Epictetus, Discourses (ed. George Long), book 2 (search)
as constructed B. C. 144, and was the best water that Rome had. Some or me arches of this aqueduct exist. The 'bright stream of Dirce' is spoken of in the Hercules Furens of Euripides (v. 573). The verse in the text which we may suppose that Epictetus made, has a spondee in the fourth place, which is contrary to the rule. And you in turn will be used to the other. Then if you become attached to this also, cry for this too, and try to make a verse like the verse of Euripides, The hot baths of Nero and the Marcian water. See how tragedy is made when common things happen to silly men. When then shall I see Athens again and the Acropolis? Wretch, are you not content with what you see daily? have you any thing better or greater to see than the sun, the moon, the stars, the whole earth, the sea? But if indeed you comprehend him who administers the Whole, and carry him about in yourself, do you still desire small stones, and a beautiful rock?The 'small stones' are supposed to be the marbles
Epictetus, Discourses (ed. George Long), book 3 (search)
themselves? What do they say? Hear them when they groan, when they grieve, when on account of these very consulships and glory and splendour they think that they are more wretched and in greater danger. Is it in royal power? It is not: if it were, Nero would have been happy, and Sardanapalus. But neither was Agamemnon happy, though he was a better man than Sardanapalus and Nero; but while others are snoring, what is he doing? Much from his head he tore his rooted hair: Iliad, x. 15. and what dNero; but while others are snoring, what is he doing? Much from his head he tore his rooted hair: Iliad, x. 15. and what does he say himself? 'I am perplexed,' he says, 'and Disturb'd I am,' and 'my heart out of my bosom Is leaping.' Iliad x. 91. Wretch, which of your affairs goes badly? Your posses- sions? No. Your body? No. But you are rich in gold and copper. What then is the matter with you? That part of you, whatever it is, has been neglected by you and is corrupted, the part with which we desire, with which we avoid, with which we move towards and move from things. How neglected? He knows not the nature of g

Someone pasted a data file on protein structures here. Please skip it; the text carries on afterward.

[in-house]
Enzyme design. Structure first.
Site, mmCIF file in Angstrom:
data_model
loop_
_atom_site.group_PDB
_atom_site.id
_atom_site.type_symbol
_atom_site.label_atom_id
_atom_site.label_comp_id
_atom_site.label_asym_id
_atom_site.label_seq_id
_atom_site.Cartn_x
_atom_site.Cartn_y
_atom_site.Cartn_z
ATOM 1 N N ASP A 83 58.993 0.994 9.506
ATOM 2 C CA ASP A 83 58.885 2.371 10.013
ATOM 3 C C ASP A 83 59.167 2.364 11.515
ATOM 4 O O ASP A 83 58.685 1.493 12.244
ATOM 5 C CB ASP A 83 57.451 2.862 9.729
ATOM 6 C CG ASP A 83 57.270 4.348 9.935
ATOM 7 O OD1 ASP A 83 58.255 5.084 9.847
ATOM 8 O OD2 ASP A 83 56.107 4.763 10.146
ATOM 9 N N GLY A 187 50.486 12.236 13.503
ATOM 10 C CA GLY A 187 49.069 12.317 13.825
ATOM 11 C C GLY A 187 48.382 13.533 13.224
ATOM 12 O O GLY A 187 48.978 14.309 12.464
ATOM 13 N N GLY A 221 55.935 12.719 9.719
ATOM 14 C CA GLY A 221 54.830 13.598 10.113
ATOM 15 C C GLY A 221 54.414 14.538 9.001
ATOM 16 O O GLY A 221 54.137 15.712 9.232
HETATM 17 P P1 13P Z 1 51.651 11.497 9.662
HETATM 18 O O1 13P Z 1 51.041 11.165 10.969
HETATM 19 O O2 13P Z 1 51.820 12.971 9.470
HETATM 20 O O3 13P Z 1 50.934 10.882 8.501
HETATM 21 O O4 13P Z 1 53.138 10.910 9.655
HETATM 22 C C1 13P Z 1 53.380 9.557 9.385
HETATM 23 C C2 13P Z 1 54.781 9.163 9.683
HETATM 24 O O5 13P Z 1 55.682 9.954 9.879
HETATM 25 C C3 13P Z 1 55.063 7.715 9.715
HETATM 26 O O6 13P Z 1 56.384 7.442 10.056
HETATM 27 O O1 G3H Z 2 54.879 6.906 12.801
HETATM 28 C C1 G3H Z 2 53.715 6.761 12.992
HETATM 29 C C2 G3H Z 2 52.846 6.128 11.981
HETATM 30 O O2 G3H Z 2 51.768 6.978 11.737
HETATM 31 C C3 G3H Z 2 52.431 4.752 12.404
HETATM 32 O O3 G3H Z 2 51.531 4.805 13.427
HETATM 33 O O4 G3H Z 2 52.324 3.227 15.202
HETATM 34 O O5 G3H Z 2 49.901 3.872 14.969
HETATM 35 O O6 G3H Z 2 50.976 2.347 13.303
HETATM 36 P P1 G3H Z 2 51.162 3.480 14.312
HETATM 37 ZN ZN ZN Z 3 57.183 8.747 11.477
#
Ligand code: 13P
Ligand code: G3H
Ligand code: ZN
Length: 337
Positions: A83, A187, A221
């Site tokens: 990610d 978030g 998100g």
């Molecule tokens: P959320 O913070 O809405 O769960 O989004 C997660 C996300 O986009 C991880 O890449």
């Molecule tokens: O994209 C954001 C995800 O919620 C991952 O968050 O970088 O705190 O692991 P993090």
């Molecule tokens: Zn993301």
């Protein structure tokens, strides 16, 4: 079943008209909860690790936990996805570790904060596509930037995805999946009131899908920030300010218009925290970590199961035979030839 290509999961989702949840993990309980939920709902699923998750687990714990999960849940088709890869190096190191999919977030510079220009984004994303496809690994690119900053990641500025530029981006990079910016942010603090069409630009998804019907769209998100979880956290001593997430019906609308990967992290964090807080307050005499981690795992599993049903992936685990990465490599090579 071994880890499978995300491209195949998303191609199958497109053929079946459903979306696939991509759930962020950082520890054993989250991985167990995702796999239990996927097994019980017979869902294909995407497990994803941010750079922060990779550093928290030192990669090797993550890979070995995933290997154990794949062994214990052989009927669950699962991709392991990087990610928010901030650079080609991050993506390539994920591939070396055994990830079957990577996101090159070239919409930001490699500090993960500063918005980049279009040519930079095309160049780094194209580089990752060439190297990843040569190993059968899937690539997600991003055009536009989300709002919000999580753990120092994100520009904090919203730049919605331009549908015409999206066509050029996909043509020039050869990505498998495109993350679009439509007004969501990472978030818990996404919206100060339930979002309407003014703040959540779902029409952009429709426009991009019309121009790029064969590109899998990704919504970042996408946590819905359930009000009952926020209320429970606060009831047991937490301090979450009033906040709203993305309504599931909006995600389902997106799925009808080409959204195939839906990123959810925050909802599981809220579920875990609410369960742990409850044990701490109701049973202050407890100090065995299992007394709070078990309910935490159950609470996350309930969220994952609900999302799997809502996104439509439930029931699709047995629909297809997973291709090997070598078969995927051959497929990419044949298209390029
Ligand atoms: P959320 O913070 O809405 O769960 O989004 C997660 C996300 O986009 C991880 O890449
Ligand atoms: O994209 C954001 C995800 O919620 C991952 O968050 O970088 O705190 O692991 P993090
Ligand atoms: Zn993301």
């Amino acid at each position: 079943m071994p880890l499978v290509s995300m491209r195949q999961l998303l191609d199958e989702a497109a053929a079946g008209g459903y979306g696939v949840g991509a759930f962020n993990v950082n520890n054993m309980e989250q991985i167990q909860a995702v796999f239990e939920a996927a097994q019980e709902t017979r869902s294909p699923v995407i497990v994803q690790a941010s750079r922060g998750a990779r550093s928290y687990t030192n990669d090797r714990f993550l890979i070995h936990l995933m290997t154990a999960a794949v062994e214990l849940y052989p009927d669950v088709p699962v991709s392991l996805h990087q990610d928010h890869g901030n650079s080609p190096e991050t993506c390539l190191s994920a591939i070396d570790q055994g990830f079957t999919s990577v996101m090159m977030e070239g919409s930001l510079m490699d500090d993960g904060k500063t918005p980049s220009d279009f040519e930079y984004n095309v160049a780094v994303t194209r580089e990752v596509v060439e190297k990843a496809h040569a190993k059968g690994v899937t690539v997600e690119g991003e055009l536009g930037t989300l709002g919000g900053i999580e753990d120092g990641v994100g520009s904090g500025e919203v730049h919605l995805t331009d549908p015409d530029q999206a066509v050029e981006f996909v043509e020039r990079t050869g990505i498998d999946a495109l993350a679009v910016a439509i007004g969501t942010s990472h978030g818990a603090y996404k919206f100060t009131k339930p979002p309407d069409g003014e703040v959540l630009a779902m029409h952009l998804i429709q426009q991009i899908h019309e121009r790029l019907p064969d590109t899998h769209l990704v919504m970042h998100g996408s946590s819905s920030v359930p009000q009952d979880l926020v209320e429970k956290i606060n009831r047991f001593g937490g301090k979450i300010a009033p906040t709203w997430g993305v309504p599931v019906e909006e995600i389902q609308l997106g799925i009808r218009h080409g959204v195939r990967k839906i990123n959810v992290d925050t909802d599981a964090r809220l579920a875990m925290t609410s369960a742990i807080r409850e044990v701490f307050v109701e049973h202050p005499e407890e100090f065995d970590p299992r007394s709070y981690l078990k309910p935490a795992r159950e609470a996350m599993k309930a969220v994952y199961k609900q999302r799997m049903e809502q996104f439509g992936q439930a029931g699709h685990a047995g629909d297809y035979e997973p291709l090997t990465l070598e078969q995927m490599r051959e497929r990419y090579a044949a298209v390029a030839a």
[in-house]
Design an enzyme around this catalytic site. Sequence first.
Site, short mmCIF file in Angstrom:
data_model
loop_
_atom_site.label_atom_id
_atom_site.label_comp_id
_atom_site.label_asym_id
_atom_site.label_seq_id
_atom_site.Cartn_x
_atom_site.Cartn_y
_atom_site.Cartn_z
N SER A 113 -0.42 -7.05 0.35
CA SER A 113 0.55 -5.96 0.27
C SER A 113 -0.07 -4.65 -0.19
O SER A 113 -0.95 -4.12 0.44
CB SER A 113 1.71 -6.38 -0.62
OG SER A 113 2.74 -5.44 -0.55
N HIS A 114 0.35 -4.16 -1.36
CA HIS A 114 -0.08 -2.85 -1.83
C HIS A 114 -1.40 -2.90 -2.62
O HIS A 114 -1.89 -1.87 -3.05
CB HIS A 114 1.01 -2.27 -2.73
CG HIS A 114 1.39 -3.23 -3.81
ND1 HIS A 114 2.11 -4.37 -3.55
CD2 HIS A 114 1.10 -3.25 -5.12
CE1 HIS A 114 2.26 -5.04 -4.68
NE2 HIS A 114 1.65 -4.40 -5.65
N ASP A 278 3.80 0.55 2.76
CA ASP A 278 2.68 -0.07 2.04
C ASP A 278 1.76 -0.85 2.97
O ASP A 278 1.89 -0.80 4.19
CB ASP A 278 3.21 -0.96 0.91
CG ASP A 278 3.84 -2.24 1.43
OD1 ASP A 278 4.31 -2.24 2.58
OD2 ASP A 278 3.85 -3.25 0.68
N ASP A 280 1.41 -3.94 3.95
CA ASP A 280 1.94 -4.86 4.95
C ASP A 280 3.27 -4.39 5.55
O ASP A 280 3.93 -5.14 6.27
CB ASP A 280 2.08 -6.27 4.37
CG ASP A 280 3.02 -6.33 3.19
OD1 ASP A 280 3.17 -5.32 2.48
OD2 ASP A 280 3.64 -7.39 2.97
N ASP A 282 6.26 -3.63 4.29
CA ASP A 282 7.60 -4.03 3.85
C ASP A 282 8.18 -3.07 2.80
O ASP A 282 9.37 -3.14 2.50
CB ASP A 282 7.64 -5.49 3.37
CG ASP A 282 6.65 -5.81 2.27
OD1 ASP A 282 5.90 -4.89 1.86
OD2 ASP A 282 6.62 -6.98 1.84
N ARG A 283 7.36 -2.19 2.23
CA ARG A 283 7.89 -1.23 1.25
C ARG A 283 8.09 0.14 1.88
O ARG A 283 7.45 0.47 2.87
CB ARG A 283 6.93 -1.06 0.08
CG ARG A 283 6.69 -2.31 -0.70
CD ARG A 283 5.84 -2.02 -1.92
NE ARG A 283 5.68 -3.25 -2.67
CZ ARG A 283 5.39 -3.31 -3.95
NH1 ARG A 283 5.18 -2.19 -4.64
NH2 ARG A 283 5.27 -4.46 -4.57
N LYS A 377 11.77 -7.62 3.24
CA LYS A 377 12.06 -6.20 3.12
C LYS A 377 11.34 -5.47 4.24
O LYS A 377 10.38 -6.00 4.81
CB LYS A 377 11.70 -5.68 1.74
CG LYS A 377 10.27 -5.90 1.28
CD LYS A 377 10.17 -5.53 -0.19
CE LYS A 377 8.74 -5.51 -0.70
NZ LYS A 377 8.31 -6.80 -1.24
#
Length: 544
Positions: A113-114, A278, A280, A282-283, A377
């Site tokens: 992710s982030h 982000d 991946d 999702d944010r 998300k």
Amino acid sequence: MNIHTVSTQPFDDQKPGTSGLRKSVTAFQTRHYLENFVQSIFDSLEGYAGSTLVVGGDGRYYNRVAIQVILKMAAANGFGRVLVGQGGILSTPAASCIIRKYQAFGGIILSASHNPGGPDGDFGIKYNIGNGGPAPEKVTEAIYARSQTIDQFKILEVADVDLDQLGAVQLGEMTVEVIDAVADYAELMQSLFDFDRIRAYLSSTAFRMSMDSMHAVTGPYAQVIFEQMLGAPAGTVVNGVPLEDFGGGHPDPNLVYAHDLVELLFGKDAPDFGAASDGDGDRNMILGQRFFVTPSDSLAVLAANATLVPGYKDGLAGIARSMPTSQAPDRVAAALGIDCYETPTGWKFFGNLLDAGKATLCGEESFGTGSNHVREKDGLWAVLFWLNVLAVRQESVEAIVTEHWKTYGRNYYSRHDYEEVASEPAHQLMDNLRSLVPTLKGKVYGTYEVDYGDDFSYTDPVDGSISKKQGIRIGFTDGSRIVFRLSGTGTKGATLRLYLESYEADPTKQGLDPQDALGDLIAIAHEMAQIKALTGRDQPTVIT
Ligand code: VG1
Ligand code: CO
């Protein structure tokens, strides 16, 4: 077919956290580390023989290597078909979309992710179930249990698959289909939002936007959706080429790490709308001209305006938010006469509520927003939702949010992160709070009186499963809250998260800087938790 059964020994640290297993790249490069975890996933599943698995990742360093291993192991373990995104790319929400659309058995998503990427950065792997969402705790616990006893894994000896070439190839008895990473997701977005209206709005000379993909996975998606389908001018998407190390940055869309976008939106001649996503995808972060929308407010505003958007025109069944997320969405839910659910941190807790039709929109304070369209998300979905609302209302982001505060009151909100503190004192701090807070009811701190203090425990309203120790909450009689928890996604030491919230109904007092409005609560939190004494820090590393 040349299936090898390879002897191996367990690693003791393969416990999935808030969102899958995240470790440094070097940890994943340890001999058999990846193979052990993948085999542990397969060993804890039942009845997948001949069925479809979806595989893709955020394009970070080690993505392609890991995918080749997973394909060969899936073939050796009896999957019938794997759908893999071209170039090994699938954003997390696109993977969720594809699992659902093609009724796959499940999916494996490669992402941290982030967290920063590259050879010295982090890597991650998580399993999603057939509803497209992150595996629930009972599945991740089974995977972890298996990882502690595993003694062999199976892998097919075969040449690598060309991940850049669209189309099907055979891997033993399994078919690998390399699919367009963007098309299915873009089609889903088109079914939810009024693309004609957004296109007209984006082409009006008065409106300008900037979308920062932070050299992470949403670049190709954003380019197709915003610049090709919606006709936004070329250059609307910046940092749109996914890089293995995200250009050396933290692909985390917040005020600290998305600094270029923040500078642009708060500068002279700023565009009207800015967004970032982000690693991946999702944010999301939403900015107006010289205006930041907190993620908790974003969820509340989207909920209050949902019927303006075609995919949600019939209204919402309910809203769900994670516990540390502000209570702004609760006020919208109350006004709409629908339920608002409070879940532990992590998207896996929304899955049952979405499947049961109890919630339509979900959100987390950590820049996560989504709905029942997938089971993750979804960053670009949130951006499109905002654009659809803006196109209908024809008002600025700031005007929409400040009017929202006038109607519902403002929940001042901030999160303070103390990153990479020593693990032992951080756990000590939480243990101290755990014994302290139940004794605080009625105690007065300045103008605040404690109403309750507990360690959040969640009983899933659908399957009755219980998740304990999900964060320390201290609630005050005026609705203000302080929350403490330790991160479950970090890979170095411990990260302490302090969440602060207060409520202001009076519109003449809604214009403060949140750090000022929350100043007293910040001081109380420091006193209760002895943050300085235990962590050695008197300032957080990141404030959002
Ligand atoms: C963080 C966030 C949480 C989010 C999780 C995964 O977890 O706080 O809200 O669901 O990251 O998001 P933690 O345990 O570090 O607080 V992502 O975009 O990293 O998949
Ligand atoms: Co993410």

Epictetus, Discourses (ed. Thomas Wentworth Higginson), book 1 (search)
e the only one to lose my head? Why, would you have all the world, then, lose their heads for your consolation? Why are not you willing to stretch out your neck, like Lateranus,Plautius Lateranus, a consul elect, was put to death by the command of Nero, for being privy to the conspiracy of Piso. His execution was so sudden that he was not permitted to take leave of his wife and children, but was hurried into a place appropriated to the punishment of slaves, and there killed by the hand of the trim? " If you prefer it as a heavier misfortune, how foolish a preference ! If as a lighter, who has put it in your power? Why do you not study to be contented with what is allotted you?" Well, and what said Agrippinus Agrippinus was banished by Nero, for no other crime than the unfortunate death of his father, who had been causelessly killed by the command of Tiberius; and this had furnished a pretence for accusing him of hereditary disloyalty. Tacitus, Ann. 10.1 c. 28, 29. - C. upon this acc
Epictetus, Discourses (ed. Thomas Wentworth Higginson), book 1 (search)
do this menial office or not, I will tell you it is a pleasanter thing to get a dinner than not, and a greater disgrace to be whipt than not to be whipt; so that, if you measure yourself by these things, go and do your office. " Ay, but this is not suitable to my character." It is you who are to consider that, not I; for it is you who know yourself, what value you set upon yourself, and at what rate you sell yourself; for different people sell themselves at different prices. Hence Agrippinus,Nero was remarkably fond of theatrical entertainments, and used to introduce upon the stage the descendants of noble families, whom want had rendered venal. Tacitus, Ann. 14. c. 14.- C. when Florus was deliberating whether he should go to Nero's shows, and perform some part in them himself, bid him go. "But why do not you go, then? " says Florus. " Because," re- plied Agrippinus, " I do not deliberate about it." For he who once sets himself about such considerations, and goes to calculating the